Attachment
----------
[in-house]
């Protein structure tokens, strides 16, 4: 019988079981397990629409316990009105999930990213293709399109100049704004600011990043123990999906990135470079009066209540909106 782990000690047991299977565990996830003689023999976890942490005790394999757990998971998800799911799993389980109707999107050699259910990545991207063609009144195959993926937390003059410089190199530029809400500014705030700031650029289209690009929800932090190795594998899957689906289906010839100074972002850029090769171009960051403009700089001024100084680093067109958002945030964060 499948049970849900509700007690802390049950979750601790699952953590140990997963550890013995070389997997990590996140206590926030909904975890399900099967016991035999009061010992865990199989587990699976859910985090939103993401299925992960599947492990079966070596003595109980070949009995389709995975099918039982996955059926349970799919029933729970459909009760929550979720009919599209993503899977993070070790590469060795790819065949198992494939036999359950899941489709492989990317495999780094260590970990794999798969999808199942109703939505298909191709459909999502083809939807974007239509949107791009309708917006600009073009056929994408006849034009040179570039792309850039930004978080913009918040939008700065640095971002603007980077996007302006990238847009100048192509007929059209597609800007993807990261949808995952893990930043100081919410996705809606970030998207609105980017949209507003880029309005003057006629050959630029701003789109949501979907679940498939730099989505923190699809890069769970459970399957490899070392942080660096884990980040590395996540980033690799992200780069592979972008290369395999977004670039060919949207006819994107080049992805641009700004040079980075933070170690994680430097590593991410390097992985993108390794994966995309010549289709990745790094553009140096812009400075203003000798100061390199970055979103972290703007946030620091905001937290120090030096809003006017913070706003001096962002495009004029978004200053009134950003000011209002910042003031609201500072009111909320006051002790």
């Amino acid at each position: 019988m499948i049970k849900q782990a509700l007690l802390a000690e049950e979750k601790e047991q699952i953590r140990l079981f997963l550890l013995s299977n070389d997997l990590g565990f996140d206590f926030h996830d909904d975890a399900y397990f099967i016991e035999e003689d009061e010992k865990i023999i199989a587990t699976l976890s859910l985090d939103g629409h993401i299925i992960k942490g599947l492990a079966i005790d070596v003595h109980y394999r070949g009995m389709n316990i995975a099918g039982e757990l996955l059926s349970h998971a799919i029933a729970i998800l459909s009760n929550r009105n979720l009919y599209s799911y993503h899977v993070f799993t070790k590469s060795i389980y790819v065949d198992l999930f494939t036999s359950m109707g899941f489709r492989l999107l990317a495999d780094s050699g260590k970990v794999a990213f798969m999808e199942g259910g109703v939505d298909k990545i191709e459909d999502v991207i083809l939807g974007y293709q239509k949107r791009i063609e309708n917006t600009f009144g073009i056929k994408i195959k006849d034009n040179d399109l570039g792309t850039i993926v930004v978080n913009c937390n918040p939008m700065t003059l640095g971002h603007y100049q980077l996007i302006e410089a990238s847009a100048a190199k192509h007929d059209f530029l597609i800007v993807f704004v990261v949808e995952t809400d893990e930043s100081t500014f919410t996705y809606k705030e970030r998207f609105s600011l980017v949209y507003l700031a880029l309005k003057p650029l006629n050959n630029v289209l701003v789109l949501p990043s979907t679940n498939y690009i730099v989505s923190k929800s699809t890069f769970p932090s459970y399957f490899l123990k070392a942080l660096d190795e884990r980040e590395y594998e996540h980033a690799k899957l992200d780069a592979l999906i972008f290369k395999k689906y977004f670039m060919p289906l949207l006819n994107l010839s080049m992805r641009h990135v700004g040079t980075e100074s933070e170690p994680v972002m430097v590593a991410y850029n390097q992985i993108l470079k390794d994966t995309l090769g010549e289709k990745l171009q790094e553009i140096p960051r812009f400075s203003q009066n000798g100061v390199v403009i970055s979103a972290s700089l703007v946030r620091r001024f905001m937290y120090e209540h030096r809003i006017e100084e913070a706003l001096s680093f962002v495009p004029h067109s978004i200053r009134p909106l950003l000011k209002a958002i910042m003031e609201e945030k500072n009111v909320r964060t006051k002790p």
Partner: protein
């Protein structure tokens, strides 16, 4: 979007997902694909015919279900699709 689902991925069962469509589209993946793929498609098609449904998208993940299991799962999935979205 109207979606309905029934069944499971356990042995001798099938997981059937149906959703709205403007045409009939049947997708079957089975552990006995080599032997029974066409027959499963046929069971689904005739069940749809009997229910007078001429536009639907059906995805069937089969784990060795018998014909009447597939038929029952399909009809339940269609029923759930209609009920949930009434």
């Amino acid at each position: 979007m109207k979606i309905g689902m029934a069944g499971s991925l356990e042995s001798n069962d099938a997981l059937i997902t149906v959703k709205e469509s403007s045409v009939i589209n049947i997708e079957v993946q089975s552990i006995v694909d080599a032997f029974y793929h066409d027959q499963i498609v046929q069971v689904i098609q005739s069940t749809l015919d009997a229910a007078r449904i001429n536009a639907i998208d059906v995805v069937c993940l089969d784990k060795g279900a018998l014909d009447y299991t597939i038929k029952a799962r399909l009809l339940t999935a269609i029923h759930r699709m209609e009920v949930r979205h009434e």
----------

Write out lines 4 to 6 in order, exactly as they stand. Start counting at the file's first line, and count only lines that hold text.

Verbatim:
Partner: protein
């Protein structure tokens, strides 16, 4: 979007997902694909015919279900699709 689902991925069962469509589209993946793929498609098609449904998208993940299991799962999935979205 109207979606309905029934069944499971356990042995001798099938997981059937149906959703709205403007045409009939049947997708079957089975552990006995080599032997029974066409027959499963046929069971689904005739069940749809009997229910007078001429536009639907059906995805069937089969784990060795018998014909009447597939038929029952399909009809339940269609029923759930209609009920949930009434």
């Amino acid at each position: 979007m109207k979606i309905g689902m029934a069944g499971s991925l356990e042995s001798n069962d099938a997981l059937i997902t149906v959703k709205e469509s403007s045409v009939i589209n049947i997708e079957v993946q089975s552990i006995v694909d080599a032997f029974y793929h066409d027959q499963i498609v046929q069971v689904i098609q005739s069940t749809l015919d009997a229910a007078r449904i001429n536009a639907i998208d059906v995805v069937c993940l089969d784990k060795g279900a018998l014909d009447y299991t597939i038929k029952a799962r399909l009809l339940t999935a269609i029923h759930r699709m209609e009920v949930r979205h009434e």